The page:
I have been a member of ChristianBlog.Com for 9 years, 2 months and 3 days.

  I have published 92 blogs and 267 comments.

 I currently live in: Australia.
K Reynolds+

I think you are brave.

It can be very difficult for Christians who walk a road that involves physical illness. There are people (often well-meaning but sometimes not) who are certain that if God says you must endure something unpleasant it is because you don't have enough faith, are being punished, etc. In other words, they blame the person who is suffering which is something Jesus never did.

As hard as that can be, I believe that it is even more difficult when mental illness is involved. We have this idea that a Christian can never battle mental illness. That is like saying a Christian can never get cancer, never lose their job, never have a failed marriage and so forth. We live in a fallen world and have fleshly bodies therefore, we are going to face the same sort of things everyone faces regardless of whether they are a Christian or not. It is glorious, so glorious when God instantaneously heals you. At the same time, it is glorious when people like you and others I know on this site demonstrate that God is bigger than your anxiety. I know that you have been able to minister to a lot of young people simply because you are "meeting them where they are".

I usually don't do this but I know you will not mind if I put in a plug for the Survivor's Group here at CB because you know and love it. :mrgreen:. I want everyone who reads this to know that there is a private group here at CB where you can connect with others who deal with chronic physical and mental illness. It never ceases to amaze me at how quickly these people will rush to someone's side when they cry out. We walk together as we walk with God and isn't that exactly what we are supposed to be doing?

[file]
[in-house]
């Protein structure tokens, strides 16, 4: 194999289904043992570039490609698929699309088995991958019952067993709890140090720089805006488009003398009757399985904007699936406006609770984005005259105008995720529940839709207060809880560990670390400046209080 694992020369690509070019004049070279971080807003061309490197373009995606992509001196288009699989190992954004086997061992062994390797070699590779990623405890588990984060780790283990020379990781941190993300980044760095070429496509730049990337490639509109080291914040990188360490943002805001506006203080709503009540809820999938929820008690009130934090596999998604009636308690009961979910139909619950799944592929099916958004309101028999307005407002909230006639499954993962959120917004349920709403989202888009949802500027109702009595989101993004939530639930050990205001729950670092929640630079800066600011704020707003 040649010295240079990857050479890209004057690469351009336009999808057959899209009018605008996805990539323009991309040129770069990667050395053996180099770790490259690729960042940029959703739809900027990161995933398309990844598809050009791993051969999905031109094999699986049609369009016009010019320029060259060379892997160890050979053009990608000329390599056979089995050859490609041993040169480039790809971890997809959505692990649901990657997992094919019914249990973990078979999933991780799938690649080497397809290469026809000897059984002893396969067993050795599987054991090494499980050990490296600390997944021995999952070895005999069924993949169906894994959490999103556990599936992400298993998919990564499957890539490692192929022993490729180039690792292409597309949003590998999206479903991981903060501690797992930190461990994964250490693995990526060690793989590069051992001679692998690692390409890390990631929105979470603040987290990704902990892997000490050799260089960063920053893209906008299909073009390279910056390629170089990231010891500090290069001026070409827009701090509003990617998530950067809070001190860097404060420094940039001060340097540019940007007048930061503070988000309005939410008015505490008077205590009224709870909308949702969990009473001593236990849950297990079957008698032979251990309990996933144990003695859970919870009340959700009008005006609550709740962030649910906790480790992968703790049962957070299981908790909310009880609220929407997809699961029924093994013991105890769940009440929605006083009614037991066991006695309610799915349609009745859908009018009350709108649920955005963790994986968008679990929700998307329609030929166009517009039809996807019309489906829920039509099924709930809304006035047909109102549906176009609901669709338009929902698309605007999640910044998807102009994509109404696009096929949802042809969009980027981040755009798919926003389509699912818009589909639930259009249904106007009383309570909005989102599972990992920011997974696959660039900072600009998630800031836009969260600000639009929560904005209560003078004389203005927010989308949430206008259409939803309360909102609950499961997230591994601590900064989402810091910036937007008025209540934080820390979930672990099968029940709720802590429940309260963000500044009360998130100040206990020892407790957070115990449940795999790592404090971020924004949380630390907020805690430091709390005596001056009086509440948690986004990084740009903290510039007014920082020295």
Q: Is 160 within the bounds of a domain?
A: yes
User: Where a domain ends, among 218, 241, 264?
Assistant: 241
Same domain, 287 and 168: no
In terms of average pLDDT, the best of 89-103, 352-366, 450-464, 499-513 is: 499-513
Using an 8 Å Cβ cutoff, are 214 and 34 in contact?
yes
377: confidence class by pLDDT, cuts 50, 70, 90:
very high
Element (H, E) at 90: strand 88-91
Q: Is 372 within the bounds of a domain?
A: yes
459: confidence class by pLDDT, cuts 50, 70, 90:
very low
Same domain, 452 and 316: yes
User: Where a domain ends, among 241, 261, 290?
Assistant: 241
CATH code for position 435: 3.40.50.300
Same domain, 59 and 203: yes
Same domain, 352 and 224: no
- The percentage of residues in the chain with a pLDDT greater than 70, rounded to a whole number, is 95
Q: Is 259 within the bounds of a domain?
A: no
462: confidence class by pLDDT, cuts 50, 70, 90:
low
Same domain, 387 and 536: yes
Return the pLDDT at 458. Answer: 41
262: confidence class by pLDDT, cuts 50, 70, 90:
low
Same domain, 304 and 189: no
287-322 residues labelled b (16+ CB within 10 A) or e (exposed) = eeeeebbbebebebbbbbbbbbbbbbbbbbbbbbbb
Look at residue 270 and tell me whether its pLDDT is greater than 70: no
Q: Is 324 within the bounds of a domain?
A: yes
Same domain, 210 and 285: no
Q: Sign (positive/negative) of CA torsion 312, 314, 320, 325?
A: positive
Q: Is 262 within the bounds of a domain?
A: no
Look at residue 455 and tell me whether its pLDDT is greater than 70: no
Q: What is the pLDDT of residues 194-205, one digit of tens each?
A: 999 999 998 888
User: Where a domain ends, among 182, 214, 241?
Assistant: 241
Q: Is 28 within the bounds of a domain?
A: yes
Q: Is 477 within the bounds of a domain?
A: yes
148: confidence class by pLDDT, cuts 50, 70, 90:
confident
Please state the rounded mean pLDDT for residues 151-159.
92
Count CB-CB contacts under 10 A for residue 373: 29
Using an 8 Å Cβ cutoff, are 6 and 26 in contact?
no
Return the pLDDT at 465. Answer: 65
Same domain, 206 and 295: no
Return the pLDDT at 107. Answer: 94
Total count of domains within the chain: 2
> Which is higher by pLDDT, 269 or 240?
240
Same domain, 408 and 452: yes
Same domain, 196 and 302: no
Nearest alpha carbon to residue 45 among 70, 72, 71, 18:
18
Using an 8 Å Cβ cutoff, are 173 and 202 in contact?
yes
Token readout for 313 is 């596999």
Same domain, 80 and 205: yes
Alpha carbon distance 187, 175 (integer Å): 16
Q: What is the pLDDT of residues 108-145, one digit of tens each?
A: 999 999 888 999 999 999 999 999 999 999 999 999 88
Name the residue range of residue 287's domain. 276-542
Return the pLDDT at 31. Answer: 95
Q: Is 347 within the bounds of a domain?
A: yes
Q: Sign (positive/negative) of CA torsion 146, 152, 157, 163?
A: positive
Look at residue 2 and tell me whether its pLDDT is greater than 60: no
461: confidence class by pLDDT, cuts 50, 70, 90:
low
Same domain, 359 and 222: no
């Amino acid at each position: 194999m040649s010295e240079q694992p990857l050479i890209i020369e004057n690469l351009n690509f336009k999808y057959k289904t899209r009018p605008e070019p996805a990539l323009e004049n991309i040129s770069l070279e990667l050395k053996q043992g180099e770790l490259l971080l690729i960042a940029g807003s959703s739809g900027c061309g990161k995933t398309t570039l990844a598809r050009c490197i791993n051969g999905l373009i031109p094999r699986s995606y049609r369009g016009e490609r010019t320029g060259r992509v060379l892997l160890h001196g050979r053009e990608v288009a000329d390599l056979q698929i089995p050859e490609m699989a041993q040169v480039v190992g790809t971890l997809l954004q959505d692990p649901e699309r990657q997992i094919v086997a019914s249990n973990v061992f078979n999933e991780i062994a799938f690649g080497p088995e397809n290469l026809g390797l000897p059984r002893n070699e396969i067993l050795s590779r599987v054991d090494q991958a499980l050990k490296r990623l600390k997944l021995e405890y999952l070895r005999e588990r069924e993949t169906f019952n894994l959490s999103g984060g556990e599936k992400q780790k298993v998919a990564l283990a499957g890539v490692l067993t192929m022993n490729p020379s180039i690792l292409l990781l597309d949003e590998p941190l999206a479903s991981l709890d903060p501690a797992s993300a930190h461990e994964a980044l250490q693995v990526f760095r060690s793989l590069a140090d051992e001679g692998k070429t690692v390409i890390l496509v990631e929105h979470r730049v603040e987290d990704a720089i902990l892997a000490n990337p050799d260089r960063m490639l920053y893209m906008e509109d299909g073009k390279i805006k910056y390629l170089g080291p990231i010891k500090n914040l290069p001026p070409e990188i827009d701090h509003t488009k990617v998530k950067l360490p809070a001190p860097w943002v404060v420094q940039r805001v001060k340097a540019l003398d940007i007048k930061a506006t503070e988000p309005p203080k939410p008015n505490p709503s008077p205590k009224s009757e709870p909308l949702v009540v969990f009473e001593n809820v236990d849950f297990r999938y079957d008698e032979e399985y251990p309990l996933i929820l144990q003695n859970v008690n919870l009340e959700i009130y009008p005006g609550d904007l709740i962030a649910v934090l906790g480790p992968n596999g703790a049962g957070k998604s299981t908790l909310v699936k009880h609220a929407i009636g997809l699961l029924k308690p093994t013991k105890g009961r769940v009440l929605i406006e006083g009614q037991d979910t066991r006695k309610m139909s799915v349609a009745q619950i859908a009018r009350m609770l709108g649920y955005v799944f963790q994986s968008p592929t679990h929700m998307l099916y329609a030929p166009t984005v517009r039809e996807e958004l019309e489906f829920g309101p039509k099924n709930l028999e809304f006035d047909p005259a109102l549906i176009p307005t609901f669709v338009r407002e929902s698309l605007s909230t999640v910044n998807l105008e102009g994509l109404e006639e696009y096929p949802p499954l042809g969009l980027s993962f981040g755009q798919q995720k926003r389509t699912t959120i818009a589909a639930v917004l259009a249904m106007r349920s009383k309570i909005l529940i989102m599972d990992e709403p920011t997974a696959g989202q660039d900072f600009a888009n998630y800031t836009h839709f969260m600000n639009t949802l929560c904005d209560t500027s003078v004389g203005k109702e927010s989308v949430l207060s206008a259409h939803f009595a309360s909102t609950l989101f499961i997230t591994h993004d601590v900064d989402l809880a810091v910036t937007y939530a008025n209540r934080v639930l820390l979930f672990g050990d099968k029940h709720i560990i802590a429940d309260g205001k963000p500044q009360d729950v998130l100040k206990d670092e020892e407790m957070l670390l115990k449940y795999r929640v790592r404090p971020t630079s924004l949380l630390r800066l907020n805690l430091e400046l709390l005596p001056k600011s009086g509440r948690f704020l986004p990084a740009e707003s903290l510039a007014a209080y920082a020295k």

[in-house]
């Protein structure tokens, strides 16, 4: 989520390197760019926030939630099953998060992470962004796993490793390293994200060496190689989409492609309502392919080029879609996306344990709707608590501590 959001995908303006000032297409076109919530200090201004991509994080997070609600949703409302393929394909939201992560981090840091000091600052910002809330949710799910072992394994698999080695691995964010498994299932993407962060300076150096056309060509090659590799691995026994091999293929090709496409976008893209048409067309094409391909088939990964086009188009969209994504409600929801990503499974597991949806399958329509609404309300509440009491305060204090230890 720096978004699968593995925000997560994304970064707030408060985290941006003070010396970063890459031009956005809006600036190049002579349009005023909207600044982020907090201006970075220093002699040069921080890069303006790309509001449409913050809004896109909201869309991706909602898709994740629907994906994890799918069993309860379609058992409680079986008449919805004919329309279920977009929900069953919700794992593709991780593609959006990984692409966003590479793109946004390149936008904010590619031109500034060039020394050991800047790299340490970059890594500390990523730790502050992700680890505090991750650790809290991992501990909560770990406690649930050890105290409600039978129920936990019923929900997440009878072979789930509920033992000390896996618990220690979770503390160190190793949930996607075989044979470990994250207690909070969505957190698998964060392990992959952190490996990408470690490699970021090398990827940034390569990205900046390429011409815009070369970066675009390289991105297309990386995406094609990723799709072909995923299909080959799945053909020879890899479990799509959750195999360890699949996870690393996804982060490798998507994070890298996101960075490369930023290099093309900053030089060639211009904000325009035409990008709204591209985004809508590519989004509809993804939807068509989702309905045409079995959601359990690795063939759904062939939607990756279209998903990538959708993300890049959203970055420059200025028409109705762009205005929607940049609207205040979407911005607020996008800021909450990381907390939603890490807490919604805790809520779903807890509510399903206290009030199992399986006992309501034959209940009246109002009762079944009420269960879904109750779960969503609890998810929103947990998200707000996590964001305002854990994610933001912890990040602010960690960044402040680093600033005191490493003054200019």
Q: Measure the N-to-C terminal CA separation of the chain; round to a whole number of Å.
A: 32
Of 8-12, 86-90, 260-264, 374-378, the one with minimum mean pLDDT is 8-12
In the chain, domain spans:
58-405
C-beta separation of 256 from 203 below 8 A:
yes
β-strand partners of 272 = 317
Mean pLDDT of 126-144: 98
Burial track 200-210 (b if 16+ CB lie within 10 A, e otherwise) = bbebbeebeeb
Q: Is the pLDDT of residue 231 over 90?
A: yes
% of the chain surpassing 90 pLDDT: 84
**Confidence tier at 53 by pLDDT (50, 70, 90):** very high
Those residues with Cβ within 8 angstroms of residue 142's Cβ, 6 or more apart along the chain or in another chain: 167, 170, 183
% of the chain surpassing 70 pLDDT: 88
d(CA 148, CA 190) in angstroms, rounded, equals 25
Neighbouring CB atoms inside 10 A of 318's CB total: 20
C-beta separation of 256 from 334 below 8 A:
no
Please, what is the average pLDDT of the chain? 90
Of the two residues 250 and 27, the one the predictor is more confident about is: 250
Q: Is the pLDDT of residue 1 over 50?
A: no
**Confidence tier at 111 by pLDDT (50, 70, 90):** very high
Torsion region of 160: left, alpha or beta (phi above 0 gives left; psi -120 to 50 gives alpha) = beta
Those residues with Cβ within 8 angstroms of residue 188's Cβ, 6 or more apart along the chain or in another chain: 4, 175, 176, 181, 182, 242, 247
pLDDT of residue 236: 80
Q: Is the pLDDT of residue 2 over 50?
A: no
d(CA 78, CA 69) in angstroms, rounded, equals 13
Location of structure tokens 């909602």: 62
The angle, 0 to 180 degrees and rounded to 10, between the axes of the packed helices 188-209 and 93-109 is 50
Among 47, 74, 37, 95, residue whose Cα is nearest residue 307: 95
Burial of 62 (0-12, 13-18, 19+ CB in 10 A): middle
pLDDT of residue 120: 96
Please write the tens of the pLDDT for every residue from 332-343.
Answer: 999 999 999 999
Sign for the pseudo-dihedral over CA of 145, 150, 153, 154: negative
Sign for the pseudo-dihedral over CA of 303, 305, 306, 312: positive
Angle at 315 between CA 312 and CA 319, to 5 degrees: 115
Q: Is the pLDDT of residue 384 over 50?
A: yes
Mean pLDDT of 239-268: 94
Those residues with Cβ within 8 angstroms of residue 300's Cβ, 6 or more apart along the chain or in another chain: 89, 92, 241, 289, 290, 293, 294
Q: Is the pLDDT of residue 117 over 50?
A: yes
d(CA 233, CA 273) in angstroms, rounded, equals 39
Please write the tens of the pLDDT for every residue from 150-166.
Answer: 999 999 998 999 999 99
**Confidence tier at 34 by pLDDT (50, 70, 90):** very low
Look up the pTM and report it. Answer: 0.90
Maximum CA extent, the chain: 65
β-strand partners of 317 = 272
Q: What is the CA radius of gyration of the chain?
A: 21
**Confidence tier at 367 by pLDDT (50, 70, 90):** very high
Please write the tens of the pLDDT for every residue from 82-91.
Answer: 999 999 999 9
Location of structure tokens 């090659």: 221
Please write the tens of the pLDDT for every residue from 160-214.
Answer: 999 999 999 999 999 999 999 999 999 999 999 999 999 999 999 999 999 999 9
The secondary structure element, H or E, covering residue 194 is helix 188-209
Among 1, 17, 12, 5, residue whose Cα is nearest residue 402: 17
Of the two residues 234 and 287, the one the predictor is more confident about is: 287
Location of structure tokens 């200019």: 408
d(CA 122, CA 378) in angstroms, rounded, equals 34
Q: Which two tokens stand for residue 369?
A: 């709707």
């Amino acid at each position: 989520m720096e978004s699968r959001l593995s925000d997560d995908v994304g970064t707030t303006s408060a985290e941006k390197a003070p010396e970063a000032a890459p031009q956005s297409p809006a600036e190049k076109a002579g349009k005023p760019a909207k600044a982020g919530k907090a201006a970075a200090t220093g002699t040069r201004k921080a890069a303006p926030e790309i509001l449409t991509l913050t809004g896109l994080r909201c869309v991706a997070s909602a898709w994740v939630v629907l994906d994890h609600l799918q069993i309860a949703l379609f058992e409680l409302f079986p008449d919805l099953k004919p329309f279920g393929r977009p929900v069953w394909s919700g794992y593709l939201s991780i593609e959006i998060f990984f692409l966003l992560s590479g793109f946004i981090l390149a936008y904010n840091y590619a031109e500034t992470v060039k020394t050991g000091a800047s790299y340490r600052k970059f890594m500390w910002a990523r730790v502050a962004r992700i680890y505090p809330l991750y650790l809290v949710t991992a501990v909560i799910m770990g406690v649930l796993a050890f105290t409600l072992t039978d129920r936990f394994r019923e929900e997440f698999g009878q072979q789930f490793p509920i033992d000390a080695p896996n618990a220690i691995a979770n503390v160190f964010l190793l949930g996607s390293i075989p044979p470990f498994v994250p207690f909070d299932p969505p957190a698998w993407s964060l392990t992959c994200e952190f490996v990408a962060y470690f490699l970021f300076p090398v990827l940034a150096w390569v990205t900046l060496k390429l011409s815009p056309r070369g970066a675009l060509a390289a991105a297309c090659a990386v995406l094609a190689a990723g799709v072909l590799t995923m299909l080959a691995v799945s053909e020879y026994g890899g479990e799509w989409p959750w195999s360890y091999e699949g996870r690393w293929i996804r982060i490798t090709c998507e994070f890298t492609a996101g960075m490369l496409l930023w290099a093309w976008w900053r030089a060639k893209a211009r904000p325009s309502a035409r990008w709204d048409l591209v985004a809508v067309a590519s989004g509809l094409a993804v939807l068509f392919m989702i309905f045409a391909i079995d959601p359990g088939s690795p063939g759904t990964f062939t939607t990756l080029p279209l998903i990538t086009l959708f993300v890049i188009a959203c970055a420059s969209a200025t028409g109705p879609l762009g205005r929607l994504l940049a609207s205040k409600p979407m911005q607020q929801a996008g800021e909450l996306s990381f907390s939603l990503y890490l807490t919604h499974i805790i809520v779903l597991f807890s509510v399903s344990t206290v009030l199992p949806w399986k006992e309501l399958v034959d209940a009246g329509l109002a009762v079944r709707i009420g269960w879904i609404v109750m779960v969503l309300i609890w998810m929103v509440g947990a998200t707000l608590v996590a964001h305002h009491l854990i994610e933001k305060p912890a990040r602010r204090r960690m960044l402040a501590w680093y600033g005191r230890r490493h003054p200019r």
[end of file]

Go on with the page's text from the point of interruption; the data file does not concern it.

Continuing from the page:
Blessings!

K :princess:

Alison Stewart

Now THIS is the Shani I know and love. Pure and powerful words that get right to the heart of the matter. Thank you for sharing this.
xx
kb

Sarah VM+

Thank you Shani for sharing.
I praise God for placing this lovely friend in your life to tell you the truth: you're brave.
God bless you, this can't have been an easy thing to put into words.
Sarah

joyce+

I think a Skype date is overdue.

Darlin you are one of the bravest,compassionate and inspiring individuals I know.

More later.xxxxx

Les B+

Shani,

As one who has gone down "The Road Less Traveled" for 40+ years. I am so thankful God has placed you here on CB. Your honesty and care as a fellow one who has suffered the same for four decades brings great encouragement and has lifted me up.

I've tried EVERYTHING over the decades - really ALL. Medically, "faith healing," "deliverance" binding, casting, prayer etc...

The simplicity of truth you posses and share bless me much and others greatly; as I can see! He has you and I in the palm of His hand, carrying, comforting, sustaining, and loving us as your friend did ... right where we're at.

I thank and praise Him for you and your friendship!

In Christ,
Les

Beth+

I love you Shani.

From someone who experiences panic attacks when driving, you described it perfectly.

And yes, you are brave.

to you, Lovely

... now, when are you coming for a visit? :bigear:

:bearhug: blest